Cisco recently promoted Kip Compton, formerly VP of the company’s cloud platform and solutions business, to SVP and general manager. And while this promotion doesn’t really alter Compton’s duties much, it does signal the company’s larger commitment to cloud.
In an interview with SDxCentral, Compton noted that he’s been overseeing the company’s cloud business for the past 18 months or so. During that time there has been a big shift in the networking business to a multi-cloud strategy. “Multi-cloud is a big trend in the industry. The vast majority of companies are moving to multiple cloud providers,” he noted.
Compton said this trend makes Cisco well positioned to work with enterprises because the company is not a public cloud provider. “We don’t have our own horse in the race. We can advise them on where to put their workloads.”
But the migration to multi-cloud is not just about managing costs and saving money. Instead, Compton said that most companies are realizing that they need to use multiple clouds so that they can take advantage of different capabilities or innovations that are exclusive to certain cloud providers.
Last year Cisco joined forces with Google on a hybrid cloud offering that, among other things, allows enterprises to deploy Kubernetes-based containers on premises and in Google Cloud Platform. The deal gives Google a foothold in the enterprise data center as it struggles to pull market share from cloud services leader Amazon Web Services (AWS). And it gives Cisco a public cloud partner as its customers increasingly adopt multi-cloud computing environments.
However, straddling multiple clouds can be a challenge. That’s where Cisco comes in. Compton said the company’s line of cloud services routers can run in different cloud providers but offer the consistency of experience that enterprises need. “Enterprises can use our cloud services router in different cloud providers but get consistency,” Compton said.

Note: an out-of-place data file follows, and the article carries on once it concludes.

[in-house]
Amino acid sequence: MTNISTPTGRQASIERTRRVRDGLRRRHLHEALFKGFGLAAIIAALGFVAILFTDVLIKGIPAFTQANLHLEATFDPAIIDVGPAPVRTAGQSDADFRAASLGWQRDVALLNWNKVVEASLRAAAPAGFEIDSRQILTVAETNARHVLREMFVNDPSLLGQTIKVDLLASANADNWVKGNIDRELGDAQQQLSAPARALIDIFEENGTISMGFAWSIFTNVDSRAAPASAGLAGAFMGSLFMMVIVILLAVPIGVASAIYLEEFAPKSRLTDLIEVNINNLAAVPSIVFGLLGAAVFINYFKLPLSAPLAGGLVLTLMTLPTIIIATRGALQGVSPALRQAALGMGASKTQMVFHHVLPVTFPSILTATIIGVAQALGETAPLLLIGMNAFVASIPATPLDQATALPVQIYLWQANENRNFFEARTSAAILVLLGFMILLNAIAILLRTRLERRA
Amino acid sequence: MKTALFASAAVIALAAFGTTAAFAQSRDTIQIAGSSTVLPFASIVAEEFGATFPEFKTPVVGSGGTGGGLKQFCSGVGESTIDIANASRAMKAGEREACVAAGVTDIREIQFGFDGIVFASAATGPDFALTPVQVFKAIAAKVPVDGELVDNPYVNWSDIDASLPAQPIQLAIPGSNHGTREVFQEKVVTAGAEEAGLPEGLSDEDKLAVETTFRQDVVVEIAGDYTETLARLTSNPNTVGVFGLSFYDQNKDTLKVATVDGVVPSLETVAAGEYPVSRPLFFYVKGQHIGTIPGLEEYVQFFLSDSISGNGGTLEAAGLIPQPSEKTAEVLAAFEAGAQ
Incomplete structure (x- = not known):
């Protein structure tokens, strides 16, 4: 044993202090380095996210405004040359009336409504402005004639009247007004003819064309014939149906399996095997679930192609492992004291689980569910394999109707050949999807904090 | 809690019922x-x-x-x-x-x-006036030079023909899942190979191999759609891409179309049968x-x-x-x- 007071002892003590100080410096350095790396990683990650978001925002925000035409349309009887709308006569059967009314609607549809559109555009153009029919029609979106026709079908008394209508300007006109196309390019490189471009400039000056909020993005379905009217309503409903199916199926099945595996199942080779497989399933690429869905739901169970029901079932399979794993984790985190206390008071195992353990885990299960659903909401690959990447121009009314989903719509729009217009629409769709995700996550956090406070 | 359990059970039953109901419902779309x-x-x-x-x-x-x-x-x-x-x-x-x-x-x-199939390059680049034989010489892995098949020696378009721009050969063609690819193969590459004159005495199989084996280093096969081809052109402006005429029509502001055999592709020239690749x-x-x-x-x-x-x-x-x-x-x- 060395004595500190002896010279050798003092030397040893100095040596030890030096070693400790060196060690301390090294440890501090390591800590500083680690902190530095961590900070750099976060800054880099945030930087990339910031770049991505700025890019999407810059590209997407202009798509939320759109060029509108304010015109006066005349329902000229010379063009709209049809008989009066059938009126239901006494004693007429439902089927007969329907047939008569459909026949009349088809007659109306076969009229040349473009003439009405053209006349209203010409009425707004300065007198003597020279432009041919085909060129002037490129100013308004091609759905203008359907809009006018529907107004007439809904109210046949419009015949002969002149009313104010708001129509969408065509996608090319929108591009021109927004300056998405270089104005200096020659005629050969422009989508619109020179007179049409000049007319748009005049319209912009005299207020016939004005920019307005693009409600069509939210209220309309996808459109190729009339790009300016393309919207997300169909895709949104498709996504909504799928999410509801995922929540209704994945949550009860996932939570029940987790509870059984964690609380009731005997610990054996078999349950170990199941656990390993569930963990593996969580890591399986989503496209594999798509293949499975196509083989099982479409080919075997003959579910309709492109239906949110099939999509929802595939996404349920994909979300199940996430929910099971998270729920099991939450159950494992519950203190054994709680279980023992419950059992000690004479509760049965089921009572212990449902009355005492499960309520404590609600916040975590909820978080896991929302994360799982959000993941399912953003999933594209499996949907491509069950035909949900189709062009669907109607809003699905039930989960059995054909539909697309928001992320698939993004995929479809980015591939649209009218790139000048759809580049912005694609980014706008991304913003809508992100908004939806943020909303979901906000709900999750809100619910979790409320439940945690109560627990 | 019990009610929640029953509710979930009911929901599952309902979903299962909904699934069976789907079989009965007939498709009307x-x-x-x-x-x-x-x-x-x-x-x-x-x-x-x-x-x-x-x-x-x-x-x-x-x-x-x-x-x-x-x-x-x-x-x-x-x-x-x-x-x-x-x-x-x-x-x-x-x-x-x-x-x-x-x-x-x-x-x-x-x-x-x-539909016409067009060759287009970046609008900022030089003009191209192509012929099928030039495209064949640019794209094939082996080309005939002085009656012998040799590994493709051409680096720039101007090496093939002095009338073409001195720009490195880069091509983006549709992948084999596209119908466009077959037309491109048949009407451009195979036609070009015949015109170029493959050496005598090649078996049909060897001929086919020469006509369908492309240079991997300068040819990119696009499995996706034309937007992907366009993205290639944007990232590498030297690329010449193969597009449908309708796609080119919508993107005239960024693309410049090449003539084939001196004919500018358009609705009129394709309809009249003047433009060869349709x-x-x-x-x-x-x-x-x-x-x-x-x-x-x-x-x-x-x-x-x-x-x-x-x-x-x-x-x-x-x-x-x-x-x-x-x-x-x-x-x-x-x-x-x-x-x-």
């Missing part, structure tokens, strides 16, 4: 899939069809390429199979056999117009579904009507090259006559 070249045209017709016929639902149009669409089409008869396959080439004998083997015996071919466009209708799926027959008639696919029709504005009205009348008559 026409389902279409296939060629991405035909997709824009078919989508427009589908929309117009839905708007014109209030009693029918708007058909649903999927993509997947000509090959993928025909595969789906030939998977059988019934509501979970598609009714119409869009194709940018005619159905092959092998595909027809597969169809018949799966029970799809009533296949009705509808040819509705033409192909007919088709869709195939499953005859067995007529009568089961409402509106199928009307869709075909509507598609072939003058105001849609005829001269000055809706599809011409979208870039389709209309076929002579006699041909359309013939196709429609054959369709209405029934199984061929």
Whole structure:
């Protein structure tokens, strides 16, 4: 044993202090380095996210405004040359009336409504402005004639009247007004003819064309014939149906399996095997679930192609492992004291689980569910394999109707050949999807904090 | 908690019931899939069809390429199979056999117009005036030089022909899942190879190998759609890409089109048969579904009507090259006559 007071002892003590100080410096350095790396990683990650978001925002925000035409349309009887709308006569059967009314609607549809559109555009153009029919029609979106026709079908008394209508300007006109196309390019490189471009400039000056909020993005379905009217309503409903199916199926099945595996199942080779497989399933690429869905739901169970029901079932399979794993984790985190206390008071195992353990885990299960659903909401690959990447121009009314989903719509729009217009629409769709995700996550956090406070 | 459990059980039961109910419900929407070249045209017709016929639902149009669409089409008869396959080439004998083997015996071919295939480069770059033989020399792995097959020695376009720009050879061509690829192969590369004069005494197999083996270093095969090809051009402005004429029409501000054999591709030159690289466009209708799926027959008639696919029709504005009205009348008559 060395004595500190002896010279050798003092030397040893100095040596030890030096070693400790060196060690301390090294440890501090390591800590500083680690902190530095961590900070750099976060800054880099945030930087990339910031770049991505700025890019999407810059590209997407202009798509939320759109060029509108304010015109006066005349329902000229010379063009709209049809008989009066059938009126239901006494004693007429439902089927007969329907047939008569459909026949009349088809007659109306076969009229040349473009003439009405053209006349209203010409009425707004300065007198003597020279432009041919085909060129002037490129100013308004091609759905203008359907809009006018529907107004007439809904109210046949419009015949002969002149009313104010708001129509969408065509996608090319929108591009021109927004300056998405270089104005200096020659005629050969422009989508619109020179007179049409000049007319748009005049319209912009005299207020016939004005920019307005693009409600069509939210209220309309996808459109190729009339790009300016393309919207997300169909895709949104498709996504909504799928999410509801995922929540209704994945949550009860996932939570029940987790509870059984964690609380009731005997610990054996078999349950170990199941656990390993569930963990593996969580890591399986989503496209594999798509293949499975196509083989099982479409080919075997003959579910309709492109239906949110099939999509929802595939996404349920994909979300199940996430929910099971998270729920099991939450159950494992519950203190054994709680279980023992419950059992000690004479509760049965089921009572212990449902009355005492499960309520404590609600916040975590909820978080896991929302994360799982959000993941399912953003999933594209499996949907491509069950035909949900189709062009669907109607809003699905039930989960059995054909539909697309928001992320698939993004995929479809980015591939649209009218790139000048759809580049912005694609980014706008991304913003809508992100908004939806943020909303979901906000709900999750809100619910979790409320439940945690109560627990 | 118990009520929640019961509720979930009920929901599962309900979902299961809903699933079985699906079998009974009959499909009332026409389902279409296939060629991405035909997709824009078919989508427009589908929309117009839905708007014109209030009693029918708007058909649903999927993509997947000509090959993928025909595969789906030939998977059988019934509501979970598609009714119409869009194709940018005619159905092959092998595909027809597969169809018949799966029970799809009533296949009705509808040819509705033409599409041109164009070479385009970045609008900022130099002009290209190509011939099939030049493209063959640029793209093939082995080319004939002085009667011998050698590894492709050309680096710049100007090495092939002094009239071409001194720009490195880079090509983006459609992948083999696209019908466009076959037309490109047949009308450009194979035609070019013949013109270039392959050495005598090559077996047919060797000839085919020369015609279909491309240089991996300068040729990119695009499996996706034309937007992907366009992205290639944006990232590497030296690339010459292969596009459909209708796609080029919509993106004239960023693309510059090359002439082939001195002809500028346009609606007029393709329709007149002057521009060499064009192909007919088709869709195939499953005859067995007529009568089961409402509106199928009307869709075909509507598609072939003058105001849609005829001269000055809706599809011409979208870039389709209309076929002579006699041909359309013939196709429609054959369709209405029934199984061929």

And for Cisco that means that the company’s cloud efforts have to work closely with all its other divisions. Because when customers want to talk about the cloud, they often also want to talk about security, analytics, and even the Internet of Things (IoT).
“We tend to put technologies into a business group,” Compton said. “But the cloud is different because it spans all our groups.”
Because of that Compton and his group need to work closely with Cisco’s security business, which is now headed by SVP and GM Gee Rittenhouse and with the company’s IoT group being led by Liz Centoni who previously oversaw the firm’s data center business.
Simplifying, Not Restructuring
Although Compton said that Cisco isn’t restructuring its leadership team or its business groups, the company has been moving people around lately. Gee Rittenhouse is now heading up the company’s security business, replacing David Ulevitch, who is taking on an advisory role within Cisco working closely with David Goeckeler, EVP and GM of Cisco’s networking and security business on special projects.
And Compton said that Liz Centoni, who previously oversaw the company’s data center business, will now lead the IoT group. Centoni replaces Rowan Trollope, previously the SVP and GM of the company’s application division, which included both the IoT Group and the Collaboration Group. Trollope left the company early this month to become CEO of cloud software startup 59. Amy Chang, the former CEO and founder of Accompany, an artificial intelligence company that Cisco is acquiring, will become SVP of the Collaboration Group.